By AMERICAN HEART ASSOCIATION NEWS
The latest research news in heart health didn’t start in a lab, a hospital or a doctor’s office.
It all began with one smart mom, sitting at home reading scientific journals.
Chris Hempel of Reno, Nevada, was the catalyst behind a study published in April in Science Translational Medicine that shows cyclodextrin could one day be used to treat heart patients who don’t respond well to statins.
“This is important news because it potentially gives us another tool to fight a problem that continues to plague our society … it’s also pretty remarkable when an astute mother can put two and two together and say ‘This might work for people who have cholesterol problems,’” said Dr. Clyde Yancy, a cardiologist at Northwestern Memorial Hospital and the chief of cardiology at Northwestern University Feinberg School of Medicine. “It speaks to the beauty and serendipity of the scientific discovery process.”
Hempel is the mother of twin girls, Addison and Cassidy, with Niemann-Pick Type C, a rare and fatal genetic cholesterol-metabolism disorder.
After reading a story in Nature about cholesterol crystals and heart disease, she wondered if the crystals might be dissolved by cyclodextrin, a compound which her girls receive as part of an experimental treatment approved by the Food and Drug Administration.
“Anybody can have an idea,” Hempel said. “I was just trying to put together the pieces of the puzzle.”
Her first move was to email the article’s author, Dr. Eicke Latz, director of The Institute of Innate Immunity at the University of Bonn in Germany.
“He was intrigued enough that he started doing experiments with mice,” Hempel said. “After six years of loading them up with Western diets, the cyclodextrin is having enormous effects.”
According to the study, cyclodextrin “reduced atherosclerotic plaque size and cholesterol crystal load, and promoted plaque regression even with a continued cholesterol-rich diet.”
The study also said “because cyclodextrin is already known to be safe in humans, this drug is now a potential candidate for testing in human patients for the treatment of atherosclerosis.”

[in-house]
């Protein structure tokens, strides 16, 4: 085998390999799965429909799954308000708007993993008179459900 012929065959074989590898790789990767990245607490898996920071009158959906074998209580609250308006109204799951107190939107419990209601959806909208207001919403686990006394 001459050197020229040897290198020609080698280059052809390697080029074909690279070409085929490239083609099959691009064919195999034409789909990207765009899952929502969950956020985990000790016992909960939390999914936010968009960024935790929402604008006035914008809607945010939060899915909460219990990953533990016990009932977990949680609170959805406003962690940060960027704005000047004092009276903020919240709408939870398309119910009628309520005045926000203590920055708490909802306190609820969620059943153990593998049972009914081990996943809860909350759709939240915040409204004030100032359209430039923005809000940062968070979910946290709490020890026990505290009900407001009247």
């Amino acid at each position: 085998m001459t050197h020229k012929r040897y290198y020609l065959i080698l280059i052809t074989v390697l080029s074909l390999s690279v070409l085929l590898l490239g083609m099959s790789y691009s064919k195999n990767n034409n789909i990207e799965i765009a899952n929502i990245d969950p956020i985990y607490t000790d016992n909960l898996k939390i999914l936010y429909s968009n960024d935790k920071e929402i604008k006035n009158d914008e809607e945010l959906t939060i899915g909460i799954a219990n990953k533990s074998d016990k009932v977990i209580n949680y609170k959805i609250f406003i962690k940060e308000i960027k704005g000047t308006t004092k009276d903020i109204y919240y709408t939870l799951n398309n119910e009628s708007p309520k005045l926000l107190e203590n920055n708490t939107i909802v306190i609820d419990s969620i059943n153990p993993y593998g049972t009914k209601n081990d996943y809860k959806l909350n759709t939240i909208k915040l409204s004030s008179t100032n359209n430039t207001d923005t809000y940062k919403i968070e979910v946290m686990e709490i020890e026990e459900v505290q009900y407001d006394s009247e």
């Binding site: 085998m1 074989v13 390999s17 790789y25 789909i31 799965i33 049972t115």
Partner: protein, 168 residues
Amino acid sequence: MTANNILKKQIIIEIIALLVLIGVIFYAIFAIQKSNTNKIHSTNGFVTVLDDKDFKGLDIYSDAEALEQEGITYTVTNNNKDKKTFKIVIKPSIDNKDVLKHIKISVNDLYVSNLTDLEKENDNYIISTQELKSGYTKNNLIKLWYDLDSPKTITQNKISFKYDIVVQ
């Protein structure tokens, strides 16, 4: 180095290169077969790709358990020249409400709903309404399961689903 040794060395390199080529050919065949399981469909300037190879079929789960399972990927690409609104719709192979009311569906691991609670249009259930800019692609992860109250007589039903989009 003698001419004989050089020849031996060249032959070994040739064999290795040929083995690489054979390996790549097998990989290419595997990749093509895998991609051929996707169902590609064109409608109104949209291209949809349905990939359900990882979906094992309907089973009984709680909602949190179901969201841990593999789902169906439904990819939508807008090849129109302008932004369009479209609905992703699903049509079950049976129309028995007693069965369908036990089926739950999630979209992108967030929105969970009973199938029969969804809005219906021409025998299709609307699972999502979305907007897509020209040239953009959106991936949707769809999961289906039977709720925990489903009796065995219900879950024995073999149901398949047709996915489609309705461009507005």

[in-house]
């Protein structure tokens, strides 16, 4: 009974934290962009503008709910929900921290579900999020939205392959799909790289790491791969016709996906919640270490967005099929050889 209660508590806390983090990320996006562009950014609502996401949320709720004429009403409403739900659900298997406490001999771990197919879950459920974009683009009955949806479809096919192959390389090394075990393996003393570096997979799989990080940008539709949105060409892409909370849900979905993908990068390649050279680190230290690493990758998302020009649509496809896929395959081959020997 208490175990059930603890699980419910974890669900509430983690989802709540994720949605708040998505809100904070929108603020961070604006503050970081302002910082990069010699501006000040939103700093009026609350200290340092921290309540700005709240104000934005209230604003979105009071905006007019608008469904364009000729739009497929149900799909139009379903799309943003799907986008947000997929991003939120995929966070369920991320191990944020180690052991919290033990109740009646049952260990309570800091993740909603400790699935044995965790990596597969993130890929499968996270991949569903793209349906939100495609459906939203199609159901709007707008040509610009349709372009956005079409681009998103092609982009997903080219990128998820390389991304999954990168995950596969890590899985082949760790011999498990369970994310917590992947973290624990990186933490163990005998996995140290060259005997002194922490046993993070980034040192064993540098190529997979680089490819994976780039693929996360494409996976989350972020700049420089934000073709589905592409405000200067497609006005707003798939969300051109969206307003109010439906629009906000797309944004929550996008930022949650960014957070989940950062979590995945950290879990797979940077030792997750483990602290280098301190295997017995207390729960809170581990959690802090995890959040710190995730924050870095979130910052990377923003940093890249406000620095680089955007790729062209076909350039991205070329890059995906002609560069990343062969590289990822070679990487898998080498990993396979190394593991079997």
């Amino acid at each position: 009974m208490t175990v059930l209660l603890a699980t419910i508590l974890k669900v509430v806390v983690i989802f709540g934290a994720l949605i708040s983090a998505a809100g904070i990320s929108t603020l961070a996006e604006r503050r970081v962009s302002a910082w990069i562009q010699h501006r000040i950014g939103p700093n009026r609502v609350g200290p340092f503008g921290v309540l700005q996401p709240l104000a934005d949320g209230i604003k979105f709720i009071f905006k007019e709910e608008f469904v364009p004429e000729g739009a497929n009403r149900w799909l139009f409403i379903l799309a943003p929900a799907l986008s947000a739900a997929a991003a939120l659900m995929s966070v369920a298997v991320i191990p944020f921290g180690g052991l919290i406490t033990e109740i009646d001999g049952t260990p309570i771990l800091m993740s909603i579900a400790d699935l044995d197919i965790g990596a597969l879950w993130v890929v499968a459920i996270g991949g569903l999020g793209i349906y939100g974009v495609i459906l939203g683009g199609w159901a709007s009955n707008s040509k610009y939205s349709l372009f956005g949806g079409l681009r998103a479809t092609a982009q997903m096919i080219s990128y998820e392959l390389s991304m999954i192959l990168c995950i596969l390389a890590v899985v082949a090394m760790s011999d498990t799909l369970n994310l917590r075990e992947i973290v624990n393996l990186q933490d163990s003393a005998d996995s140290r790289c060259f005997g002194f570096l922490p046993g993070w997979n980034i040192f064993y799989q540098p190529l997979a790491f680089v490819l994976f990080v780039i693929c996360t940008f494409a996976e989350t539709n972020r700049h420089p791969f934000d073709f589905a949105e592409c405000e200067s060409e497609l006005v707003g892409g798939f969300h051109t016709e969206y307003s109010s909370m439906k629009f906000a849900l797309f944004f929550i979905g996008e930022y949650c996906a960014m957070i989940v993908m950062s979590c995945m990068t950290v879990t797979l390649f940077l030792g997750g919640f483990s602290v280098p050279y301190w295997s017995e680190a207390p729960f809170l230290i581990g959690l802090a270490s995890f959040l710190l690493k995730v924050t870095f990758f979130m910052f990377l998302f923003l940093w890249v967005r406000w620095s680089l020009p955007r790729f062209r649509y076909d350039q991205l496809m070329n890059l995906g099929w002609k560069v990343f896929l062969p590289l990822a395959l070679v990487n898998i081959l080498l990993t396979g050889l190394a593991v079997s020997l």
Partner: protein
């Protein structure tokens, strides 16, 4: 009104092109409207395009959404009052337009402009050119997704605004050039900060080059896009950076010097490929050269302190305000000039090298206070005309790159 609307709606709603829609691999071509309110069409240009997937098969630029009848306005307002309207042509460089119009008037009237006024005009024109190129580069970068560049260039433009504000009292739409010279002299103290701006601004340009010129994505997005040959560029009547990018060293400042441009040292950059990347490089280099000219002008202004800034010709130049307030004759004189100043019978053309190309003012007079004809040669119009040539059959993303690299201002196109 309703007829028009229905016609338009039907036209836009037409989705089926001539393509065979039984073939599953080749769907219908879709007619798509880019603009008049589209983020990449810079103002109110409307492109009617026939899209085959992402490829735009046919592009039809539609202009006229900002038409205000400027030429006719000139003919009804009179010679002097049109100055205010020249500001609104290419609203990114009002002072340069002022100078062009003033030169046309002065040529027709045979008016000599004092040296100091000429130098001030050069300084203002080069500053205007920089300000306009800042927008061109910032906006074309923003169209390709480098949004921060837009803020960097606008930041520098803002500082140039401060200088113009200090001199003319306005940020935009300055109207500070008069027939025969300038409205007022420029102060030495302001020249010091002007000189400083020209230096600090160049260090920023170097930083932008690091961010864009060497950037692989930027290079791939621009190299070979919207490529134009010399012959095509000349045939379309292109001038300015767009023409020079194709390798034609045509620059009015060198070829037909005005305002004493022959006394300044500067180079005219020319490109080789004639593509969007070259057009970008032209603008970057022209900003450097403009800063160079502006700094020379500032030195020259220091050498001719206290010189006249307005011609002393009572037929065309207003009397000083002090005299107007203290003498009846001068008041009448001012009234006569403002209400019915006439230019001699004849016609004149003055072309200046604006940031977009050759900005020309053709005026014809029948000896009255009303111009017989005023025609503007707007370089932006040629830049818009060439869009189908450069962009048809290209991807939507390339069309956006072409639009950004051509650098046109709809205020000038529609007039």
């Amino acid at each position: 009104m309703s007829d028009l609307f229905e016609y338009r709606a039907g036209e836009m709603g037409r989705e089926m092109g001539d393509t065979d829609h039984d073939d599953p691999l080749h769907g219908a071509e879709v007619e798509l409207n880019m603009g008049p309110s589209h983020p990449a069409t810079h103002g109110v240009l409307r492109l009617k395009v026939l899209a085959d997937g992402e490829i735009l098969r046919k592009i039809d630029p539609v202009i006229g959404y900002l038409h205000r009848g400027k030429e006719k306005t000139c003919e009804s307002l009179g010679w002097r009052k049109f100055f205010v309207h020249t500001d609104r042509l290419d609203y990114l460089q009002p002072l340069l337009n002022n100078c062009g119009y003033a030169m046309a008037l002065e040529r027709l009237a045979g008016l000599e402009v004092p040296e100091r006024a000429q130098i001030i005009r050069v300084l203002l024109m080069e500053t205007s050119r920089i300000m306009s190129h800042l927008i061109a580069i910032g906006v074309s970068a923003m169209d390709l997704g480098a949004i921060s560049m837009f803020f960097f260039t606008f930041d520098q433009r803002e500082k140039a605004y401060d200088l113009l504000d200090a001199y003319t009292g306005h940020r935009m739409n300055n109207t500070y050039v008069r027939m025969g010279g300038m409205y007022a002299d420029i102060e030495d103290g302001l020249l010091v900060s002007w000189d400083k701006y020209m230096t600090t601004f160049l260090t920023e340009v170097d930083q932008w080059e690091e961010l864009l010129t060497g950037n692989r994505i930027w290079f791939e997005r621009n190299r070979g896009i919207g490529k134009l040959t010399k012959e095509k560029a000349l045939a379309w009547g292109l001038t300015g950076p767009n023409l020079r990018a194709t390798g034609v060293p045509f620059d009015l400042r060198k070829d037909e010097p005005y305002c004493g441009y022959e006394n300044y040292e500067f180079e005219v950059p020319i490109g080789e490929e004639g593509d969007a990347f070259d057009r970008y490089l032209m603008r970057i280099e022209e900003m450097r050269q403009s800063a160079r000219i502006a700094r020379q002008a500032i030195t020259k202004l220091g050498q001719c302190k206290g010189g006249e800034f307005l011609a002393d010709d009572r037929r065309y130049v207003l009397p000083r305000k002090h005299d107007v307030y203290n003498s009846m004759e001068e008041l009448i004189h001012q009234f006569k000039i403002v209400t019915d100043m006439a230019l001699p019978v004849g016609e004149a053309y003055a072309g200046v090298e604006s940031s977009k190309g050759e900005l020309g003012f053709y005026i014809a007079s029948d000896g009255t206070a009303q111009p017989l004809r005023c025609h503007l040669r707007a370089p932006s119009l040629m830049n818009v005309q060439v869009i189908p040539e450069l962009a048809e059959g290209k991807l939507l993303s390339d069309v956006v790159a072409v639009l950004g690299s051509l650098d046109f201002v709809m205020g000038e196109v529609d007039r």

“We’re still very far away from clinical utility, but it’s worth pursuing,” said Dr. Yancy, who wasn’t involved in the study. “It potentially exposes another strategy to deal with the problem of abnormal lipids and high cholesterol, especially for individuals who have difficulties with statins.”
Hempel – who is listed as a co-author of the study in Science Translational Medicine — said her daughters, now 12, have been taking cyclodextrin for seven years with positive results and no side effects.
“It’s one of the first drugs in history that has stopped a progressive neurological disease. They shouldn’t even be alive today,” she said.
She said she believes cyclodextrin can have similar positive effects for people with heart disease, and she hopes further studies will be conducted.
“It’s such a promising drug that can benefit so many people who are suffering. We really need public support and government support to move it forward,” she said.
Hempel also wants to see the emergence of more “patient advocates” such as herself.
“The average person without a medical degree can make a difference and spark some kind of change. Sometimes, you just have to use logic,” she said
Dr. Yancy agreed. “Statins are still ideal for most patients with cholesterol problems, but this approach using cyclodextrin may be uniquely different — and it would be very eye-opening to recognize this got started by an astute mother’s observations,” Dr. Yancy said.
“We live in a very different world now where ideas can percolate up almost instantly, whether through social media or through word of mouth,” he said. “The discovery process has really become a broad net that we cast.
Sometimes in the net, we find a pearl that can really impact health and disease.”